Latta, Edward Dilworth
4 May 1851–14 July 1925
Edward Dilworth Latta, industrialist, was born in the South Carolina summer resort village of Pendleton, the oldest of three sons of James T. and Angela Wetherell Lott Latta. He attended Pennington Seminary in New Jersey, his mother's native state, but was unable to continue his education at Princeton because of the death of his father. Latta began his business career as a salesman in a New York clothing store, but after a brief time he became a traveling salesman. In 1876 he moved to Charlotte and operated a clothing store, which he soon sold when he began purchasing real estate. On the outskirts of Charlotte, he bought a thousand acres and named the property Dilworth in memory of his grandmother. Latta bought a streetcar line, electrified it, and began selling lots at the end of the line in Dilworth. He organized the Charlotte Consolidated Construction Company in 1890 to develop his real estate and to operate the Charlotte Electric Railway, Light and Power Company. In 1911 he employed the noted landscape firm of Olmsted in Boston to design four hundred acres in his subdivision. This became Charlotte's first suburban expansion.
Latta also acquired considerable property on South Tryon Street about 1919 and with J. B. Duke, who had bought his street railway system, he built the Mercantile Building on First Street. He also erected the Latta Arcade and the Latonia Building on South Tryon. He gave the city over forty acres for use as a public park without restriction as to race.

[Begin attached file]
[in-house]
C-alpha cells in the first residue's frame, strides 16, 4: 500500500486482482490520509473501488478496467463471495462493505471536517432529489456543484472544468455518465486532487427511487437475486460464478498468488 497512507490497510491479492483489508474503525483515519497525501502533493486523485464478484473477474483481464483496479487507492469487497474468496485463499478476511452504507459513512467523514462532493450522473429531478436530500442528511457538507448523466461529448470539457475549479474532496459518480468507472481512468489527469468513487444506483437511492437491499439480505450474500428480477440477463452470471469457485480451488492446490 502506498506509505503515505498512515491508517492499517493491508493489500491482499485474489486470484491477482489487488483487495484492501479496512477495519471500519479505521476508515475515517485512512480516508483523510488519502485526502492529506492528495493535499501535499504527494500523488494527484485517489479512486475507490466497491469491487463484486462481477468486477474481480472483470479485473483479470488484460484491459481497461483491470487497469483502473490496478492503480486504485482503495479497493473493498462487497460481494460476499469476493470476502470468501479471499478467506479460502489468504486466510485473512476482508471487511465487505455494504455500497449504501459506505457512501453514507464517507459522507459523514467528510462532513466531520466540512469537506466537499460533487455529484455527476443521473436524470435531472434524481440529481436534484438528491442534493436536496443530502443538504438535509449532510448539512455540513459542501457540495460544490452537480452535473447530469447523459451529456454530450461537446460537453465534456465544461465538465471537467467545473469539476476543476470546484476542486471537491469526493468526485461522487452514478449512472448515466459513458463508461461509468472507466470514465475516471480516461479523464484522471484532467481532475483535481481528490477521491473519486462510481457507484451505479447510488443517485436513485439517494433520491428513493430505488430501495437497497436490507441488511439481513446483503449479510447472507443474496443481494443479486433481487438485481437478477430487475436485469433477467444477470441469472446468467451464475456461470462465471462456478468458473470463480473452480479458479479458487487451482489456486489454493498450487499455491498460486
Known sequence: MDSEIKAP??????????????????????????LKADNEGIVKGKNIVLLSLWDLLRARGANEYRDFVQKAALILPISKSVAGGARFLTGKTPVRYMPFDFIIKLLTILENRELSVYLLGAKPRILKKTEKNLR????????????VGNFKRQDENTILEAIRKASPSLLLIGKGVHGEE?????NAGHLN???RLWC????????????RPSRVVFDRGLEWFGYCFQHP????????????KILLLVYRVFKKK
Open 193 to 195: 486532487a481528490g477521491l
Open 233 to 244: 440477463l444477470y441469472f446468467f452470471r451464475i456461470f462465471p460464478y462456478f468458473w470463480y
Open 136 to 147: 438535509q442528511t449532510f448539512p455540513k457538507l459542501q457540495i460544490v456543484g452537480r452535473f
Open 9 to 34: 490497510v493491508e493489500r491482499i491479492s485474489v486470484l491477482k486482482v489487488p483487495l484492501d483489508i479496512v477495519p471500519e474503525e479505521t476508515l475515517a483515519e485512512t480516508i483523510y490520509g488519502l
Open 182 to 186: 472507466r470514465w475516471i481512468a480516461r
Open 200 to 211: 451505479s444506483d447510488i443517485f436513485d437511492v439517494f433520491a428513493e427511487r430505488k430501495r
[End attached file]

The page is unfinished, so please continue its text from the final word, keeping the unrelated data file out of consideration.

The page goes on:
In 1923 Latta moved to Asheville for health reasons and invested heavily in Asheville real estate. He died there from a paralyzing stroke. A member of the First Presbyterian Church in Charlotte, he was buried in that city's Elmwood Cemetery. His will created a continuing endowment estimated at more than a million dollars with the income going to Union Theological Seminary, Richmond, Va., and to the North Carolina Orthopedic Hospital and the Memorial Mission Hospital, both in Gastonia.
In 1877 Latta married Harriet Nisbet of Macon, Ga., and they became the parents of two sons, Marion Nisbet and E. D., Jr., and a daughter, Janet Acton (Mrs. William Haskell Porcher). Harriet Latta died in 1910, and in 1918 he married Jeannie Lea of Vicksburg, Miss.
J. B. Alexander, Biographical Sketches of the Early Settlers of Hopewell Section (1897).
Charlotte Observer, 15 July 1925.
C. G. Davidson, "Plantation House on the Catawba," The State, May 1978.
Maurice A. Moore, Reminiscences of York (n.d.).
Richard W. Simpson, History of Old Pendleton District (1913).
Elizabeth Williams, Manuscript of Latta Family History and Latta Place (Plantation Files, Davidson College Archives, Davidson).
Edward Dilworth Latta and the Charlotte Consolidated Construction Company, 1890-1925 : builders of a New South city, by Dan L Morrill in WorldCat: https://www.worldcat.org/title/edward-dilworth-latta-and-the-charlotte-consolidated-construction-company-1890-1925-builders-of-a-new-south-city/oclc/18025314
Latta in the Charlotte-Mecklenburg Story: http://www.cmstory.org/content/latta
Dilworth's Early History, 1890-1911. Charlotte-Mecklenburg History Landmarks Commision: http://www.cmhpf.org/kids/neighborhoods/Dilworth-early.html
Dilworth: The 1911 Expansion. Charlotte-Mecklenburg History Landmarks Commision: http://www.cmhpf.org/educationneighhistdilworth2.htm
Portrait. Charlotte-Mecklenburg History Landmarks Commision: http://www.cmhpf.org/educationneighhistdilworth2.htm (accessed August 28, 2013).
1 January 1991 | Davidson, Chalmers G.